The Egyptian Antiquities Ministry announced Tuesday that archaeologists have unearthed several Pharaonic structures in Egypt's Nile Delta.
An Egyptian-German archaeological mission discovered the buildings in the village of Qantir, situated about 60 miles northeast of Cairo. One of the buildings is believed to be a palace temple. The modern-day village of Qantir is located on the site of Pharaoh Rameses II's capital, "House of Ramses."
"We will soon find the location of the temple's main gate," said Mahmoud Afify, head of Egypt's Antiquities sector. The newly discovered buildings occupy an area of about 200 square meters, and the mission's head, German archaeologist Henning Franzmeier, said that more excavations were necessary to unearth all of the ancient city's secrets.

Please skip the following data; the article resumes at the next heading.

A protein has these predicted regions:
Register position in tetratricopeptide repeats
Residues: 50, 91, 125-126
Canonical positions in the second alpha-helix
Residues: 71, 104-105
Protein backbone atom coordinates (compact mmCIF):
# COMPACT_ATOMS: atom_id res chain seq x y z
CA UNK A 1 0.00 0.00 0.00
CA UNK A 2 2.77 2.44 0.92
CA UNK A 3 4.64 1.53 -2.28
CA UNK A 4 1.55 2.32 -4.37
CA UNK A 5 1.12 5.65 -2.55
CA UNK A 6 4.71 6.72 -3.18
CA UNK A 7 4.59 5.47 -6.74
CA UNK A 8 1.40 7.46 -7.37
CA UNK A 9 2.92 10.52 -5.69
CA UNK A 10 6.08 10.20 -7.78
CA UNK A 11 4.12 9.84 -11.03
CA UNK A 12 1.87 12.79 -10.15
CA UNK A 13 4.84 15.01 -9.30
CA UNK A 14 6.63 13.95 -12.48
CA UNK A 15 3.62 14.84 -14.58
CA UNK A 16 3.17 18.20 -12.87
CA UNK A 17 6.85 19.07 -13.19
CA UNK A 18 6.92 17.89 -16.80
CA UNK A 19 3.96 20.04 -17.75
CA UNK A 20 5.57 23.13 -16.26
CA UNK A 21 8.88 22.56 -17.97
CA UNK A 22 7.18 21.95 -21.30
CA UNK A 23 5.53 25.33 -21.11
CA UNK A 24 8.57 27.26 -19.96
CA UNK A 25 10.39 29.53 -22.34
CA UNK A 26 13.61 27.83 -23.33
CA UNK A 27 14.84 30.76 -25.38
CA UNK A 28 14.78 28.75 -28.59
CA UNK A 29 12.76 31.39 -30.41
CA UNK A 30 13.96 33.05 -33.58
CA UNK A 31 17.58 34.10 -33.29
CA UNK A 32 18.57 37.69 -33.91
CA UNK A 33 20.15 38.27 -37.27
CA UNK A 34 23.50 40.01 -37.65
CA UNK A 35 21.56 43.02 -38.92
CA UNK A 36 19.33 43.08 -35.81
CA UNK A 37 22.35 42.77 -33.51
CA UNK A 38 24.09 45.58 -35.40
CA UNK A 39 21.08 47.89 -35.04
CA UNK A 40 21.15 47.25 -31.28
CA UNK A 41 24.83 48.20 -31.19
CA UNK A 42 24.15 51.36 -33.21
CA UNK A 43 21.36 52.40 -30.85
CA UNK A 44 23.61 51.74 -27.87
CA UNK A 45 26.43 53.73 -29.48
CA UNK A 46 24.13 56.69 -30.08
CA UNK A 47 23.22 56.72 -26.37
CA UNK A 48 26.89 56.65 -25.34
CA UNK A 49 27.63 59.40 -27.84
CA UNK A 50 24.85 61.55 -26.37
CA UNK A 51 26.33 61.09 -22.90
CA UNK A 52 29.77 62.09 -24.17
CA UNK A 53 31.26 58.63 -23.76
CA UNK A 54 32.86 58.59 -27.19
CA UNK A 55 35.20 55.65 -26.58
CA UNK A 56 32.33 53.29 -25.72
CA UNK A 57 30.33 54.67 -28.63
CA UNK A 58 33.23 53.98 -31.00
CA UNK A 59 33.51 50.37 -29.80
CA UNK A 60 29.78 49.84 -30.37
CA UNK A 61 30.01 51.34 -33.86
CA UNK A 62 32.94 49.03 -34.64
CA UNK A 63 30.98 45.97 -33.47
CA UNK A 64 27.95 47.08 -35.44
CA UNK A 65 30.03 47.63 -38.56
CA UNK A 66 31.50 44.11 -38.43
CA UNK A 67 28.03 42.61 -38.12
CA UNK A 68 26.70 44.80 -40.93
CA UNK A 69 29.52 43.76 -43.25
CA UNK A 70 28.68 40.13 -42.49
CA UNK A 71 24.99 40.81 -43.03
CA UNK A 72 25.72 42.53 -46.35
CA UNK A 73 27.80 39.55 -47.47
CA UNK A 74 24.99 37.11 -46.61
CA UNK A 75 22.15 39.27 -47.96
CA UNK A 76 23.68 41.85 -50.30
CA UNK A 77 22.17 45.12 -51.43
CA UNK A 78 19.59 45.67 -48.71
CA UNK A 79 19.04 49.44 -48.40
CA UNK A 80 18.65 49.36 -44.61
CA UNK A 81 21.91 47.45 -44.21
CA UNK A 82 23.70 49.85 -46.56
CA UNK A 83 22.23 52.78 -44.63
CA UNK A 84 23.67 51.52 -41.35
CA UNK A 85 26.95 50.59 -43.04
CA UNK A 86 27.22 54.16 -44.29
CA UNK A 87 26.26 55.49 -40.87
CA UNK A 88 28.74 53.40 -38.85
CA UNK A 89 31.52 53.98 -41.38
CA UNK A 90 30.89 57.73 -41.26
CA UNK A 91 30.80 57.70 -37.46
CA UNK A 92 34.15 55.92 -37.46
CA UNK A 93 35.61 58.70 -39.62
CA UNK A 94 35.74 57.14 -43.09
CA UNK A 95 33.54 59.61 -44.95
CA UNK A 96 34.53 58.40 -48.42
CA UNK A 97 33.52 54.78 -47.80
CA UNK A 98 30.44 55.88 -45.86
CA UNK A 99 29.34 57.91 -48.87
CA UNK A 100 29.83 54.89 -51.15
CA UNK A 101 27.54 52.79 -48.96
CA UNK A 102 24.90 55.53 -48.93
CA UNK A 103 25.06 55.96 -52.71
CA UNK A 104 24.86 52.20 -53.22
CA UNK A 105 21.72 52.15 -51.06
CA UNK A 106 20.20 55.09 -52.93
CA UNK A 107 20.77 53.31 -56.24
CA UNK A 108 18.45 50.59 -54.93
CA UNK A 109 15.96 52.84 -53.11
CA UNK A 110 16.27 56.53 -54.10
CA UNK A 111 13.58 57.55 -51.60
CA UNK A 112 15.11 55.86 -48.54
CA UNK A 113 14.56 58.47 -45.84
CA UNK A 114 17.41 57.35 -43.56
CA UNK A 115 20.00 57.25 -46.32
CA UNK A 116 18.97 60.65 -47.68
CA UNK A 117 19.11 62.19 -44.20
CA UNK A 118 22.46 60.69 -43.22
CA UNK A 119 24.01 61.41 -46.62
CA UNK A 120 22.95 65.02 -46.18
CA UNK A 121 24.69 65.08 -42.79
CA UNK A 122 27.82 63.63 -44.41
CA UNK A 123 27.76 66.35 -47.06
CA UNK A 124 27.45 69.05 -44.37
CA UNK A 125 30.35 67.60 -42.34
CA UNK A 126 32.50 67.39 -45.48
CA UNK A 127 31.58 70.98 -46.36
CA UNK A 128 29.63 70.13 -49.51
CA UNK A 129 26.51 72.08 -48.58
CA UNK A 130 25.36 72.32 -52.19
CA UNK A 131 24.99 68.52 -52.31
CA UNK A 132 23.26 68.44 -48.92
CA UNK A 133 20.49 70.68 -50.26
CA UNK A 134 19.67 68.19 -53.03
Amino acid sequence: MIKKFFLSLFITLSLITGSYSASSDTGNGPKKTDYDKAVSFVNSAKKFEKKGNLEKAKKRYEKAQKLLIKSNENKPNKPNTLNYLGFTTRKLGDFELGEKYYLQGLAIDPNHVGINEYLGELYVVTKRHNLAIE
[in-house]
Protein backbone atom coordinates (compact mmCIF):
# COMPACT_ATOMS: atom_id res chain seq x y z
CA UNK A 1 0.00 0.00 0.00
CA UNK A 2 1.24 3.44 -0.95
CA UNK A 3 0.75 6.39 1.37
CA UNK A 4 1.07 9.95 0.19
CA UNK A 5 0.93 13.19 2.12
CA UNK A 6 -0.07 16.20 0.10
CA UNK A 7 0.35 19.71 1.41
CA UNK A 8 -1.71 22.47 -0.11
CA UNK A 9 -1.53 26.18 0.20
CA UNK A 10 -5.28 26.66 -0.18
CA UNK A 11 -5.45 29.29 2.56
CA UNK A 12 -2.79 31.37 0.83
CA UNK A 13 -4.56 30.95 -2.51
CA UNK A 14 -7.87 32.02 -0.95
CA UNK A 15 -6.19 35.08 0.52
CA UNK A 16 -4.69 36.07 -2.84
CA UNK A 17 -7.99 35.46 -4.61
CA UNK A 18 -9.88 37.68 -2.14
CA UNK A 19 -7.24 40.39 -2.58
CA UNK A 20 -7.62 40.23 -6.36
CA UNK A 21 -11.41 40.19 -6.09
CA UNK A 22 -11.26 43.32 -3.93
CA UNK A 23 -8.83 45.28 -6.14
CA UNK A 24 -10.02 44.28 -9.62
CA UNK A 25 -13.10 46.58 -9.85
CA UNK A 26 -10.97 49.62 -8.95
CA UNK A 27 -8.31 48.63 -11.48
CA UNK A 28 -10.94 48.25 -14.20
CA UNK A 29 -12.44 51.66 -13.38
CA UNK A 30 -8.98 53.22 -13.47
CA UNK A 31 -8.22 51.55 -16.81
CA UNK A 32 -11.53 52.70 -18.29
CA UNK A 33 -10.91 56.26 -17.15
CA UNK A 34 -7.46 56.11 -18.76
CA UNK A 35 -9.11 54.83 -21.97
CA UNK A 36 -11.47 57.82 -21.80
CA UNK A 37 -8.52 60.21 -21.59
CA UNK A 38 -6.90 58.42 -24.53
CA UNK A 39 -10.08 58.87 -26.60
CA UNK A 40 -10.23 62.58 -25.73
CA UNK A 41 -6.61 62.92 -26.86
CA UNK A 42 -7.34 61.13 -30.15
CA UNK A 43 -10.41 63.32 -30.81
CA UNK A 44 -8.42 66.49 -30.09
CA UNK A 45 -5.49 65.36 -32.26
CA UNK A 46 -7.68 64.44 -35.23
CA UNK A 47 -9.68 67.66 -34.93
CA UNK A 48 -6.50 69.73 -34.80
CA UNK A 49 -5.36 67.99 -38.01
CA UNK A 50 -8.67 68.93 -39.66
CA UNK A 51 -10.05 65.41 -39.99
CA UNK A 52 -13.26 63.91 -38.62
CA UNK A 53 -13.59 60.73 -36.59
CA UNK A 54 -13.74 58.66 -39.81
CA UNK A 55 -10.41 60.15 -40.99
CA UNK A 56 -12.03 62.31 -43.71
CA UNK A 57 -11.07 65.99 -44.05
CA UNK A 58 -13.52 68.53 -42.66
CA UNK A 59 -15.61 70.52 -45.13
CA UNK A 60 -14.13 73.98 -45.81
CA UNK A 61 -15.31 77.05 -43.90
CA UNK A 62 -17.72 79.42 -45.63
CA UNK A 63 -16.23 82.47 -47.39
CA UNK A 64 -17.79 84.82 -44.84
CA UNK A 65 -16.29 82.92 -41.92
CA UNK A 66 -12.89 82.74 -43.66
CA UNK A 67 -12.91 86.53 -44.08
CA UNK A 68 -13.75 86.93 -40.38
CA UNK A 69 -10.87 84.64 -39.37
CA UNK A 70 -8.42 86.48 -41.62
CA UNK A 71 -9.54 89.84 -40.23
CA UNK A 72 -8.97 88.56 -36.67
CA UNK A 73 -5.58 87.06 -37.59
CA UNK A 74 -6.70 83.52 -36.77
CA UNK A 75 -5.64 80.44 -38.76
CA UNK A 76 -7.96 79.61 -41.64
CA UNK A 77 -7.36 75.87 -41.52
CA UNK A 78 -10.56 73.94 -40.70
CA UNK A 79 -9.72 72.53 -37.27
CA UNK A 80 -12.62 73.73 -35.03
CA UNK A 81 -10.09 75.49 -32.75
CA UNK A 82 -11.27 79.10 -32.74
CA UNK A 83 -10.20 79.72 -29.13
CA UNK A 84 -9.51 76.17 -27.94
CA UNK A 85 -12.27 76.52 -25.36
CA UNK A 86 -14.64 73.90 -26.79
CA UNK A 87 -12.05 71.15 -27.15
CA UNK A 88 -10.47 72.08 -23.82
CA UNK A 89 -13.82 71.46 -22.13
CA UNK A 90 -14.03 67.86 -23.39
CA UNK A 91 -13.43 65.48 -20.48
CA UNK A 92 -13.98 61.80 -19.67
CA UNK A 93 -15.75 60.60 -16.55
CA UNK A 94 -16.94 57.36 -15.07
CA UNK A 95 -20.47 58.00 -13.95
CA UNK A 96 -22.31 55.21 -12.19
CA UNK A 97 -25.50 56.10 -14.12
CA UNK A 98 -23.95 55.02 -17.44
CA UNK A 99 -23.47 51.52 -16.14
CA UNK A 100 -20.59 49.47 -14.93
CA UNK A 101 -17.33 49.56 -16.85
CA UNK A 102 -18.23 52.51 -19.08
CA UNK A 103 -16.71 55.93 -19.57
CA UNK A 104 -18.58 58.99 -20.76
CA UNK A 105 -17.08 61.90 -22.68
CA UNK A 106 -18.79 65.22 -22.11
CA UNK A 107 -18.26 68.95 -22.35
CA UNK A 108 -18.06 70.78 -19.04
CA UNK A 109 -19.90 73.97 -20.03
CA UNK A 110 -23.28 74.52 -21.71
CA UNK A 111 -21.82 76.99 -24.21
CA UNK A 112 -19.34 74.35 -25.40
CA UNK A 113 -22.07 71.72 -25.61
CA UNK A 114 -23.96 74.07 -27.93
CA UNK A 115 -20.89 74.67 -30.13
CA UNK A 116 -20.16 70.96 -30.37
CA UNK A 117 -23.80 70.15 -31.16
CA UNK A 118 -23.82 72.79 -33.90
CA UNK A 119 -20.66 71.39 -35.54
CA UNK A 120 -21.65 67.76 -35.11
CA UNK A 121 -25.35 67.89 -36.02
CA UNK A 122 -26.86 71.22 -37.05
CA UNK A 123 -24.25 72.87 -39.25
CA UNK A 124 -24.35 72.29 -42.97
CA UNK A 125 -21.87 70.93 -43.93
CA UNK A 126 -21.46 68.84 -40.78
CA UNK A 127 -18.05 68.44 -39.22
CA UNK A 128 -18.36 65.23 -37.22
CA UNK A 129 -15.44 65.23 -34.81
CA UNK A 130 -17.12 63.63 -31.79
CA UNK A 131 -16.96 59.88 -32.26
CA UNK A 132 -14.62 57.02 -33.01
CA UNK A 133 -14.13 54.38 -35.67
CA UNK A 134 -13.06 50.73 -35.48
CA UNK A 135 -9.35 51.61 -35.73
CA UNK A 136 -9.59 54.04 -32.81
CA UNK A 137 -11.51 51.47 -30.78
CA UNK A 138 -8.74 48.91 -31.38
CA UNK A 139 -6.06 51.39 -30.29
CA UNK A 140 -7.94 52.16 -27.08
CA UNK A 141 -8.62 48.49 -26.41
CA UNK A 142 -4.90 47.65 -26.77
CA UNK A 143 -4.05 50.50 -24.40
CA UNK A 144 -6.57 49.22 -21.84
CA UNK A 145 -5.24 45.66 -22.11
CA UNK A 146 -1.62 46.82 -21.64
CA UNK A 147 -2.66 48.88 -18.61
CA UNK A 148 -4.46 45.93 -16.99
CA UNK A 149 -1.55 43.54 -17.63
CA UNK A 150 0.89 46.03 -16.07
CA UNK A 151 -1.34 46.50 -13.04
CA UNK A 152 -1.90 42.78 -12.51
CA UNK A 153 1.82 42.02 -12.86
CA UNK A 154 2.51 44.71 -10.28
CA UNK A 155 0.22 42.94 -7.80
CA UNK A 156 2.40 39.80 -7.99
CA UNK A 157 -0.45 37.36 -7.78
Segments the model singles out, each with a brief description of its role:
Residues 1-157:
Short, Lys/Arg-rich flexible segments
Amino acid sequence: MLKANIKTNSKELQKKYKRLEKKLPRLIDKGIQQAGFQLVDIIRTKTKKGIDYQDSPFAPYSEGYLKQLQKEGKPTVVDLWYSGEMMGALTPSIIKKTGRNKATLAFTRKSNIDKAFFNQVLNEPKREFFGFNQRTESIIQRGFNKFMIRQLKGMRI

Rameses II, also knowsn as Rameses the Great, was the third pharaoh of ancient Egypt's 19th Dynasty. He is remembered for leading several military campaigns across the Levant, eventually taking control over the land of Canaan. He also led military expeditions south into Nubia, which comprised of modern day southern Egypt and northern Sudan.
Born in 1303, Ramses II died in 1213BC and was buried in the Valley of the Kings. His tomb was discovered in 1881 and is now on display in the Cairo Museum.
The famous Egyptian-Hittite peace treaty, sometimes referred to as the Treaty of Kadesh, between Hattusili III and Ramses II is on display at the Istanbul Archaeology Museum.
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